Mutual fund investors often lack understanding of what they own and their inherent risks, according to a new study.

A large percentage of investors who have owned passive products (48%) chose this strategy because of a belief that it represented "minimal risk," the report released Thursday by Boston-based MFS Investment Management highlights. Less than half of passive investment owners polled in the MFS Investing Sentiment Insights survey (48%) indicated knowing the correct definition with 41% saying they have "no idea." Of the 958 investors surveyed, who all have $100,000 or more in household investable assets, 38% said they thought passive investments are designed "to significantly outperform the market at any given time through research-based stock-picking."

"Some of the basic concepts are a little sketchy in the investors' minds, some relatively harmless and some more dangerous," says Doug Orton, vice president for business development at MFS. "Of people who had bought passive investments, 48% said one of the reasons they bought it was 'minimal risk' which to me is frightening. If I buy the S&P Index fund thinking it has minimal risk, next time the market is down 20% what am I going to do? I'm probably to bail at exactly the wrong time."

While the study shows some confusion on investment strategies, nearly two-thirds of investors indicating owning both passive and active investment products. Twenty percent of investors say they plan to increase their allocation to actively managed mutual funds in the next 12 months.

"The plus is they see a spot for both of them," says Orton referring to investors mixing both asset and passive products into their portfolios. "The downside is we have a lot of work to do I think educating them on the difference between the style of investment managing versus the goal or the style of the investment itself."

More Education Needed

With so many investors not knowledgeable about investment strategies, Orton emphasized the importance of fund managers and financial advisors stepping up education efforts with clients. MFS has run webcasts for their advisors' clients on basic investment principles that do not involve specific products and Orton encourages other fund managers as well as advisors run similar programs.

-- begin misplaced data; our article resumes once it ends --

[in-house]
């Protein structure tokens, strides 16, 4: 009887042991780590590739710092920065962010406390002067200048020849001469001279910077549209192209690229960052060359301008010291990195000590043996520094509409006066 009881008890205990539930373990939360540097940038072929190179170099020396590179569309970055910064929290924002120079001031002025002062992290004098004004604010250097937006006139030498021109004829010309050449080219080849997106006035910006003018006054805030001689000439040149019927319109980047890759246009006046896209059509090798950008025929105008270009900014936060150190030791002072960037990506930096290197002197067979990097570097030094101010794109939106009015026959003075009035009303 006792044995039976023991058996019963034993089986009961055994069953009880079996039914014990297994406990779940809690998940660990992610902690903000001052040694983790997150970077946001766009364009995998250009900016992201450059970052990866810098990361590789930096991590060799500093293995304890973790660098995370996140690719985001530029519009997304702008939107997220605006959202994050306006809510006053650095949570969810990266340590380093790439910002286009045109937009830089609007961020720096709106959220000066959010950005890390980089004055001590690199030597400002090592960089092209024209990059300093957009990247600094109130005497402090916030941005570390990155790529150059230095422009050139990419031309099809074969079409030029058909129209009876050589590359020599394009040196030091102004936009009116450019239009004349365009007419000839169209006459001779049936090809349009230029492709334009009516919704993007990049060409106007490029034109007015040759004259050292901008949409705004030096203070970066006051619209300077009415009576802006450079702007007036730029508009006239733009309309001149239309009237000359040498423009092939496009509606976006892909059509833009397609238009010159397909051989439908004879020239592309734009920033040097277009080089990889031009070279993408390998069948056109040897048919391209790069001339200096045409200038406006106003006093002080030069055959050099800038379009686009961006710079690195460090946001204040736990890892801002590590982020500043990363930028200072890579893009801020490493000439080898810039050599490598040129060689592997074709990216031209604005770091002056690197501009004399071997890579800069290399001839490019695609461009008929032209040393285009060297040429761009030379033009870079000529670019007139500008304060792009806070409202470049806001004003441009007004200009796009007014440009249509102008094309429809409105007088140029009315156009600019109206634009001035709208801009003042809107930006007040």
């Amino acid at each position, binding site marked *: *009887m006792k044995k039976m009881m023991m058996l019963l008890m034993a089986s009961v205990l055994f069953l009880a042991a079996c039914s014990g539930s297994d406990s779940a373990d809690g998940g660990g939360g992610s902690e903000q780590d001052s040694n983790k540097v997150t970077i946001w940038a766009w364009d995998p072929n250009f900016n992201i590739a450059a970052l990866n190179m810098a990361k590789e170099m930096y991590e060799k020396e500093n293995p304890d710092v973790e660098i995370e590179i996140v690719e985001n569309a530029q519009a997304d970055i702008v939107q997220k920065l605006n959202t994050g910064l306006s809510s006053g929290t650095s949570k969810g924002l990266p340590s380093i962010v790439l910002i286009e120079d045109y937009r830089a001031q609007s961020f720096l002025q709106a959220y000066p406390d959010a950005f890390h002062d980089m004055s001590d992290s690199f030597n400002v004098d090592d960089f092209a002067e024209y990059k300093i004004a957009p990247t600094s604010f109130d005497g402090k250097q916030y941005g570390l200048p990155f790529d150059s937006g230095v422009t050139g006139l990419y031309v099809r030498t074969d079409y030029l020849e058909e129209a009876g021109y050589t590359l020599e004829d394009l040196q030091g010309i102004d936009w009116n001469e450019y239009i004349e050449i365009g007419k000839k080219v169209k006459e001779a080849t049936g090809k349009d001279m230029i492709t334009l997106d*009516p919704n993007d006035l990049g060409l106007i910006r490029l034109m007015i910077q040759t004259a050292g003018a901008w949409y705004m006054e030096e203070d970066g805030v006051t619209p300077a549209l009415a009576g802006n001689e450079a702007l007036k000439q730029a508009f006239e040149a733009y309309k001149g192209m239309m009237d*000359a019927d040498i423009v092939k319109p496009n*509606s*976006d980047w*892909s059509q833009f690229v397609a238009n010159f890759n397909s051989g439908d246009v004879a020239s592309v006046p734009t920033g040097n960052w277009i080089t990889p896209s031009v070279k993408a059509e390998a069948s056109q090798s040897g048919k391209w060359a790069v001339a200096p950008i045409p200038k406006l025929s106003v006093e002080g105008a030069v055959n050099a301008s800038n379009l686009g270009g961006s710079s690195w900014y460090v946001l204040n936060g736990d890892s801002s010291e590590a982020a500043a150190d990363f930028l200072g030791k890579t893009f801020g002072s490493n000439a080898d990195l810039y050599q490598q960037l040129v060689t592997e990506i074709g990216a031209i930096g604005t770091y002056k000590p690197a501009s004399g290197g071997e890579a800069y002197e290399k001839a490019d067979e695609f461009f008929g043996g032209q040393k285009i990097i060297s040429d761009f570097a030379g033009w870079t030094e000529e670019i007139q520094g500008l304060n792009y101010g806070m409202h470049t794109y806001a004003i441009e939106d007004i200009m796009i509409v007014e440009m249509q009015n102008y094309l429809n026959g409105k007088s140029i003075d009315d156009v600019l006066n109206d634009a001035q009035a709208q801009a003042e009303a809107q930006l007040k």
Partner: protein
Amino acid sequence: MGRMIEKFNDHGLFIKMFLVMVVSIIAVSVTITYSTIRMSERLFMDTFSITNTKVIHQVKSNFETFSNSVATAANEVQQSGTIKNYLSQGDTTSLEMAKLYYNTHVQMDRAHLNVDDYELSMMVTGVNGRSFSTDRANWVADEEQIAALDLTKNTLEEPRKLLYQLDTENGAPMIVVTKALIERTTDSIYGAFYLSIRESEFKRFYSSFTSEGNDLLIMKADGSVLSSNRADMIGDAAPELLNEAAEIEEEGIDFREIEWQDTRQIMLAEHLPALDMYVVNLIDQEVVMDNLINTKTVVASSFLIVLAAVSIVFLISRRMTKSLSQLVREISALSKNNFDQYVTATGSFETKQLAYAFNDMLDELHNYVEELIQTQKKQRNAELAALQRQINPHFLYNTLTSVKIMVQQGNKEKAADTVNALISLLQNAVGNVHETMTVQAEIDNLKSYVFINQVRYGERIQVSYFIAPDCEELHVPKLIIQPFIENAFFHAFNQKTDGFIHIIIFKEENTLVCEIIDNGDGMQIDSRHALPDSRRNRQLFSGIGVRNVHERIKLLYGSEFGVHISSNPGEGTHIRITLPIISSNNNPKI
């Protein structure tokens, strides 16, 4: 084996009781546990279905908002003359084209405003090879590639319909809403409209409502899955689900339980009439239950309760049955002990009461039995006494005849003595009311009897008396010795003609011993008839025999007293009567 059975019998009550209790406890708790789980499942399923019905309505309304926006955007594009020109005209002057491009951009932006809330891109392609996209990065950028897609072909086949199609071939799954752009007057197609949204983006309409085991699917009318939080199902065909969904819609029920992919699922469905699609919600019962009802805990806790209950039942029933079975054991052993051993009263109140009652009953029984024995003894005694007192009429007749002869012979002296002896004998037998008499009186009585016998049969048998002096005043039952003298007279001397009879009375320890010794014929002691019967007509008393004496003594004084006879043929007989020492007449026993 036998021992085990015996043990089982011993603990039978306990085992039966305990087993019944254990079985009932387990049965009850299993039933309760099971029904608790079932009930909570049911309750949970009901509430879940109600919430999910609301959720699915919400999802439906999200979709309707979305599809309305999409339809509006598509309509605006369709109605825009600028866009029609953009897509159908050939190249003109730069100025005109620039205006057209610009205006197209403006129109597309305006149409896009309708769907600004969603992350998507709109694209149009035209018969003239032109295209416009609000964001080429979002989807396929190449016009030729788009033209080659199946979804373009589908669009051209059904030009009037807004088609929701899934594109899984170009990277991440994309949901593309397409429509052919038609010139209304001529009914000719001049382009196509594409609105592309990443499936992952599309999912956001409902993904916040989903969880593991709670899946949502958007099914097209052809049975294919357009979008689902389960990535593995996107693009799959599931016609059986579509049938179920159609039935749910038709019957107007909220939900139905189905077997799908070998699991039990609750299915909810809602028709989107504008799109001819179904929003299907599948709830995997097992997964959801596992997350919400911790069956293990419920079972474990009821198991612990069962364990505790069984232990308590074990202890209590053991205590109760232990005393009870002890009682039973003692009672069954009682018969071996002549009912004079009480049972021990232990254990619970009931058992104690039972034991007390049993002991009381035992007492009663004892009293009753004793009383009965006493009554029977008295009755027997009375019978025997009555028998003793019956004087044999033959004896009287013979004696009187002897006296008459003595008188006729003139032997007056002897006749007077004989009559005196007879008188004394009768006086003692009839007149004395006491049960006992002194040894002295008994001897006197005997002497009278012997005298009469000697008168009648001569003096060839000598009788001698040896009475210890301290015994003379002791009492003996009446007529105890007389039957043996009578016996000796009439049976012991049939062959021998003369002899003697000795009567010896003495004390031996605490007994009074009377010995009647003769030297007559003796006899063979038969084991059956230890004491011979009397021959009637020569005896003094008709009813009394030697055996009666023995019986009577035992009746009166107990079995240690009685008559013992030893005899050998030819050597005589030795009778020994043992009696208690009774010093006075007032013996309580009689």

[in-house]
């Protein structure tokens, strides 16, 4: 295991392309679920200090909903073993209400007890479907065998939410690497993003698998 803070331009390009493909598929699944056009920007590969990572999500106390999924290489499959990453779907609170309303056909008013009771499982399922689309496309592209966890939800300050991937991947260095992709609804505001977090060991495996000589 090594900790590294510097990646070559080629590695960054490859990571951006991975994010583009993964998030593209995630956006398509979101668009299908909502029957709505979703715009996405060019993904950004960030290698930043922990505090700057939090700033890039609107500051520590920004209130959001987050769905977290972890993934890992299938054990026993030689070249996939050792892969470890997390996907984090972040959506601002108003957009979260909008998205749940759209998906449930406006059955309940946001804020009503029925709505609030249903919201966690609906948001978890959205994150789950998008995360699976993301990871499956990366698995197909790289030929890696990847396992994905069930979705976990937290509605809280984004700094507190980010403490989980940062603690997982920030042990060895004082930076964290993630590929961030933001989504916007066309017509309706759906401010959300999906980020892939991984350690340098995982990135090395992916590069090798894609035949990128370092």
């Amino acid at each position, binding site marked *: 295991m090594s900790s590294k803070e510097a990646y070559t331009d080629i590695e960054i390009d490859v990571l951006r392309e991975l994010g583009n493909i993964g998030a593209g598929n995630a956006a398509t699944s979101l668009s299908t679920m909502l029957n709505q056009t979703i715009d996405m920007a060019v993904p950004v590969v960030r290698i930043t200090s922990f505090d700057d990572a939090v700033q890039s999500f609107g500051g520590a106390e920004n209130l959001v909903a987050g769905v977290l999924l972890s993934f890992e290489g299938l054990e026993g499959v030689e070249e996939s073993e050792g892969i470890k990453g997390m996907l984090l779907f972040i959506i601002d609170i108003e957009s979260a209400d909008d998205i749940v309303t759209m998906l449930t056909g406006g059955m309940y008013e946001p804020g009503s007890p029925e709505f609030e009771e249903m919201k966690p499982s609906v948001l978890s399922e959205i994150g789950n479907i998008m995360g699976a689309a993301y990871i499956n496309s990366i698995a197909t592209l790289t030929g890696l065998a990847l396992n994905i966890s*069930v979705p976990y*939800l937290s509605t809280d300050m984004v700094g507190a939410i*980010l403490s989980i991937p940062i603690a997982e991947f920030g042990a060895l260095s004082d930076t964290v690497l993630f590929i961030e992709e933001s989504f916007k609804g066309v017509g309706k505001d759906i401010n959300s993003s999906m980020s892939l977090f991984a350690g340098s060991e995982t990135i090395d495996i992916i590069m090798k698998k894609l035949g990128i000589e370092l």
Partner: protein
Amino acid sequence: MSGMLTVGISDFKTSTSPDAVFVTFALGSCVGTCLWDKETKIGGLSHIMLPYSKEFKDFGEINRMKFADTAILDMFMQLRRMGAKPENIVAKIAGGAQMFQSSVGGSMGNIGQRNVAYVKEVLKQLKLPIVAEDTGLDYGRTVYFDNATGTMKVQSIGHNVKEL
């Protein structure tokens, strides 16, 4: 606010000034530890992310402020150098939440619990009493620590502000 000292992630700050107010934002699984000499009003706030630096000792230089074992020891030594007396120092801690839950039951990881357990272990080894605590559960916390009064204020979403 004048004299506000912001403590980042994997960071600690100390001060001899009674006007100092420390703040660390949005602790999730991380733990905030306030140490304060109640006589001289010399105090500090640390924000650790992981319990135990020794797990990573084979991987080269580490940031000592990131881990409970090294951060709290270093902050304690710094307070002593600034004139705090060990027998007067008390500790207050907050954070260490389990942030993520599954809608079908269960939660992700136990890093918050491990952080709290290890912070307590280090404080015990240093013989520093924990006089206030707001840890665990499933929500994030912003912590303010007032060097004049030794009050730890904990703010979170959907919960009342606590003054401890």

"It comes down to making people understand what they own and why," Orton says. "What we think of when we are defining terms and what investors think in some cases is wildly different."

Steve Rudman, managing director and head of sales at Direxion Funds, says his firm has created educational content on its website for investors about asset allocation and also will give presentations at conferences that are open to the public a few times a year. In addition, Direxion works closely with financial advisors in distributing informative material about investment concepts so that their clients can be brought up to speed.

"We try to design it so that anyone with any sense of investment knowledge can come away from it with a great understanding," says Rudman. "We really have to make sure that people are further educated and have a greater understanding of their asset allocations."

Rudman added that other fund managers he has communicated with at recent industry events have discussed the importance of investors grasping their financial strategies for the betterment of the asset management industry.

"It is part of our obligation to help investors understand these concepts better," he said.

Psychology Also a Factor

Dr. Tom Howard, CEO and director of research for Greenwood Village, Colo.-based AthenaInvest, says much of the confusion from investors about differences between passive and active strategies goes beyond just lack of education and is also psychological.

"If an investor thinks that by going passive there will be less emotion and volatility, that is a wrong choice," says Dr. Howard, who uses a behavior management approach when selecting investments for the all-short AdvisorShares Athena International Bear ETF. "There needs to be a behavior modification effort and not just education."

Millennials' View of Investing

Forty percent of "millennial" investors ages 34 and under in the MFS research define long-term investing as less than five years despite having a much longer investment window than older generations. The survey also reveals that millennials hold cash more on average (25.8%) and fewer U.S. equities (30.5%) than older investors.

Nearly half of millennials polled (46%) say they agree with the statement that they would never feel comfortable investing in the market, up from 40% in the June 2011 MFS Investing Sentiment Insights survey. Despite an improving economy, the percentage of millennials' U.S. equity allocation has dropped since 2011 from 32.7% to 30.5%.

"If you are 28 and you want to retire 30-35 years from now and you are going to be an extremely conservative investor that is not a bad choice, but you are going to save significantly more to meet the same goal or we can take more risk and keep saving what you are saving now, Orton explained. "But if the client doesn't know they are making that choice, I think there is trouble."

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